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"The Shape of Water – An ode to imperfection" cover photo

The Shape of Water – An ode to imperfection

This post isn’t about The Shape of Water. It’s not about Sally Hawkings’s and Michael Shannon’s outstanding performances. Neither about the combination of make-up and brilliant physical coordination that makes Doug Jones a living embodiment of the creature. This article is about our look upon monsters. We won’t be writing about The Shape of Water itself as a movie, but rather how it shows us, in a simple way, some of the most intricate problems we face every day.

Monsters saved my life” said director Guillermo Del Toro while receiving his award at the Golden Globes. A phrase that seems to contradict everything that we’ve learned about these creatures. During the same speech, when the music threatened to shut him up, the Mexican director said in a clear voice: “Stop the music, give me a minute. It took me 25 years to get here”. Sorry Mr. Del Toro but you are mistaken: It took the rest of the world 25 years to get to where you’ve always been.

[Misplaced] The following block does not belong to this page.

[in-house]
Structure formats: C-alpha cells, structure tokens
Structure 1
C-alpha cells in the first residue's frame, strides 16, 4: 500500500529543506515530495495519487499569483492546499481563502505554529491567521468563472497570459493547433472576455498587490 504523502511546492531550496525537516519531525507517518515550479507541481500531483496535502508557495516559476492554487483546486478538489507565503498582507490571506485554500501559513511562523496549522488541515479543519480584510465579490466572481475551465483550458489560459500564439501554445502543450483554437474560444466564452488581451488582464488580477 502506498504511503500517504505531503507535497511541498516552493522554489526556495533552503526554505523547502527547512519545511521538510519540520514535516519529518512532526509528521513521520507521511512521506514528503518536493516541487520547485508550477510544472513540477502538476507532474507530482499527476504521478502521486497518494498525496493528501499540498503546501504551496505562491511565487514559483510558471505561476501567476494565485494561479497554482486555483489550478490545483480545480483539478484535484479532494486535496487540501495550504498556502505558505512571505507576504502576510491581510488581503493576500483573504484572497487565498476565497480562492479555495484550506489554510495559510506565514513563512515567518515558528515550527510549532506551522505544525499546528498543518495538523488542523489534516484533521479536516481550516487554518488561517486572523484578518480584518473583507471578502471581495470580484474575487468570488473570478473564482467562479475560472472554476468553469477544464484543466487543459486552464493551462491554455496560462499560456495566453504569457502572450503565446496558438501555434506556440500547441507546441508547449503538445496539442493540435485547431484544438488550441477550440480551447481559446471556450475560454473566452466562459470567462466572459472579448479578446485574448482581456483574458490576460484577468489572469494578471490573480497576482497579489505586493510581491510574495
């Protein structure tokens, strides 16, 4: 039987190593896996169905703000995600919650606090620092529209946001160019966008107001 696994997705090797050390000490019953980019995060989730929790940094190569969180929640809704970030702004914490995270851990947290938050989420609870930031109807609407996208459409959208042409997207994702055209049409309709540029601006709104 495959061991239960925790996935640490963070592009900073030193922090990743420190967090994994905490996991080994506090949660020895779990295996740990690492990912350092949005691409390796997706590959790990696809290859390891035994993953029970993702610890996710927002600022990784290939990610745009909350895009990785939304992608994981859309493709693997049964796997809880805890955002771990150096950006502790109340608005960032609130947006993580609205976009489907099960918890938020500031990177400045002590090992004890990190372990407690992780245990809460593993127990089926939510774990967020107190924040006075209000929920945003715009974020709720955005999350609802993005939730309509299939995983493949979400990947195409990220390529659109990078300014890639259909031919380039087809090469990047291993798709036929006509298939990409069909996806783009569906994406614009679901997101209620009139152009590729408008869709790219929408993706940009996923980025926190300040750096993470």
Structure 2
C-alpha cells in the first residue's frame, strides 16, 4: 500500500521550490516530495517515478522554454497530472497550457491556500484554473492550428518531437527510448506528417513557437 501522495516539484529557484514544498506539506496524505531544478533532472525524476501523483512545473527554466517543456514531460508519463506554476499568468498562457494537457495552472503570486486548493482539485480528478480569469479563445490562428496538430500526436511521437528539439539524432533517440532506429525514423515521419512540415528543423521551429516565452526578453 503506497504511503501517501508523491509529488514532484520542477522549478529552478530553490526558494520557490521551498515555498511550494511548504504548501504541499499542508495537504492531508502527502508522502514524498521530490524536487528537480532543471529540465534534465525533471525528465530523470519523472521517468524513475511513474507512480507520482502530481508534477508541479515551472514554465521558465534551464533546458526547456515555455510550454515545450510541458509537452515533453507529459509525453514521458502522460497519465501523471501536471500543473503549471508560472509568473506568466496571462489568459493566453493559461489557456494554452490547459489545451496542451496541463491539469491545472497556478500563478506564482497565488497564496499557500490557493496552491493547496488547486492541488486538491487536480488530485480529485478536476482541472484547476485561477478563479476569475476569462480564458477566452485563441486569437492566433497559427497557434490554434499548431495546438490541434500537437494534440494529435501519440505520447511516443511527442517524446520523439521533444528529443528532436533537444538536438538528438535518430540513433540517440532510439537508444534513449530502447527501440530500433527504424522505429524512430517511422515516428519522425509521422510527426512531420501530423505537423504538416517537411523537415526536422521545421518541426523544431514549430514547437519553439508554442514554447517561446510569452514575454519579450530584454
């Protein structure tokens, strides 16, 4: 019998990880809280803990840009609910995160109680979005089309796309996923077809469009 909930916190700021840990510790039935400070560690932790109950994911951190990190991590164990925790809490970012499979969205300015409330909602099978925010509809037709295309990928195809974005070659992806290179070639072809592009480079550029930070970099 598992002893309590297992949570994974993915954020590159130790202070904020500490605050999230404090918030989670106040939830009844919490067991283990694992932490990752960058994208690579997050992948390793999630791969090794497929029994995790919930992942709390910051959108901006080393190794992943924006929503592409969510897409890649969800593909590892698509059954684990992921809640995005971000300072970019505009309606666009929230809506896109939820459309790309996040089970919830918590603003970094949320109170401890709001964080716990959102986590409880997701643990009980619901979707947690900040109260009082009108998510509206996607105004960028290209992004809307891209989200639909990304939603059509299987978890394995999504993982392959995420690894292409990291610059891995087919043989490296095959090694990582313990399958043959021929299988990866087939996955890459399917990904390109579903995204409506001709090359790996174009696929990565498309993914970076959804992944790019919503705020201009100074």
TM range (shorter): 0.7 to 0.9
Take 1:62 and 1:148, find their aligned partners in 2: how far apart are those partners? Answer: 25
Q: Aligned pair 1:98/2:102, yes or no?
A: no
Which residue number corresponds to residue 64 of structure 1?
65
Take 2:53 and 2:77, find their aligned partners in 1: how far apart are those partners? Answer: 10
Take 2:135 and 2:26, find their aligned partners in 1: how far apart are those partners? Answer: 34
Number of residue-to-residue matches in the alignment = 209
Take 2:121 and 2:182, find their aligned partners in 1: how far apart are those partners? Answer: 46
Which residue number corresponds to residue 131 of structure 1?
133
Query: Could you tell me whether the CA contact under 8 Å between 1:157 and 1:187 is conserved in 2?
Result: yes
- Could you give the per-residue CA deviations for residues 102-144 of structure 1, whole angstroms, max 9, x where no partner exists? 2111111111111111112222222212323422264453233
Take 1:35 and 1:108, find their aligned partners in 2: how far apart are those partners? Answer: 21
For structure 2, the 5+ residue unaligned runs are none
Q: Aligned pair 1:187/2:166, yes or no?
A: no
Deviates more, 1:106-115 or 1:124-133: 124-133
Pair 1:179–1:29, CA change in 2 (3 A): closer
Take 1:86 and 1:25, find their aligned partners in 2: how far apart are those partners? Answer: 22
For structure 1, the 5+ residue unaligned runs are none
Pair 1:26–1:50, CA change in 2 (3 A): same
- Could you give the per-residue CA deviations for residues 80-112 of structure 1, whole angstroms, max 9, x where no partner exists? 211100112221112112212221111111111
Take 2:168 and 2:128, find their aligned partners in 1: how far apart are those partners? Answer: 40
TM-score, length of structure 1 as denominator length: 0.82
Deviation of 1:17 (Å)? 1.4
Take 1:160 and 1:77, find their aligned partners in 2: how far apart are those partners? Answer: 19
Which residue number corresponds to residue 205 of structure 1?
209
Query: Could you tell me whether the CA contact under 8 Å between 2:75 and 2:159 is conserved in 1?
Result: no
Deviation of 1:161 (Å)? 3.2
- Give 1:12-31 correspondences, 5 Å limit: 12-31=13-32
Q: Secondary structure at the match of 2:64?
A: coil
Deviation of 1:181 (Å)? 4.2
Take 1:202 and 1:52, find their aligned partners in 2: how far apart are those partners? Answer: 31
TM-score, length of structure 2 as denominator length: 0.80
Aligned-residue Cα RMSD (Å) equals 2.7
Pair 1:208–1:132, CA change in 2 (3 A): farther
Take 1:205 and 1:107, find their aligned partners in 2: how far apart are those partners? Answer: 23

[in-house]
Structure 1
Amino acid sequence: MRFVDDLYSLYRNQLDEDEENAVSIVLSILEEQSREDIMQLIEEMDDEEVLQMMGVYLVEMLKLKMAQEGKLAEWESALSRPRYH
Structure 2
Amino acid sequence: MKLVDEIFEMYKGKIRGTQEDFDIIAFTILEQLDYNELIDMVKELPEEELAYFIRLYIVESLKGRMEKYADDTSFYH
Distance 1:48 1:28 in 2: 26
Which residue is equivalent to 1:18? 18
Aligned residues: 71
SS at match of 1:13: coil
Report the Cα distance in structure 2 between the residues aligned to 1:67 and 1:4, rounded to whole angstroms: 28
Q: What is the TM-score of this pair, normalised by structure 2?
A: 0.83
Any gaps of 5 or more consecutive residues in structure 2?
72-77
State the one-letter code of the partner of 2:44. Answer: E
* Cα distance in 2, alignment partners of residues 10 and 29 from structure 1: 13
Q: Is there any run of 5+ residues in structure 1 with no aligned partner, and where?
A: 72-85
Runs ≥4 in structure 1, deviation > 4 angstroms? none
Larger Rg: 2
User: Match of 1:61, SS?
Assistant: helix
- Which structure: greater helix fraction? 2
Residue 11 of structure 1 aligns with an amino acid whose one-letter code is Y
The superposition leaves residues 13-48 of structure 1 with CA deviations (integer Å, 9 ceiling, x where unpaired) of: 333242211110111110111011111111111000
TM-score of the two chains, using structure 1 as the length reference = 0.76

“Monsters, I believe, are patron saints of our blissful imperfection and they allow and embody the possibility of failing” is another thing he left us that night and it works toward understanding the film’s message. Each monster, since the beginning of human storytelling, echoes a negative aspect that –supposedly- we should avoid as human beings. All of our lives we have been raised with a bitter rejection towards what monsters represented. But they are representations of things we carry inside, so we just end up rejecting ourselves. Self-awareness and acceptance is a monumental task that will take each and every one of us a lifetime to achieve. Realizing that we all have a little bit –or more- of “monster” inside of us and accepting that and understanding that not fulfilling society’s “ideal person” doesn’t mean we are “incomplete”.

The Shape of Water invites us to look inside and discover what things we label as “monstrous” in order to find acceptance. It's a movie where the villain is not the creature and doesn’t have a friendly, animated face that makes it more loveable. It is what it is. And it will search for love in it’s own way.

We invite you to discover this incredible love and acceptance story in this times where applause seems taken by tragedies and conflicts.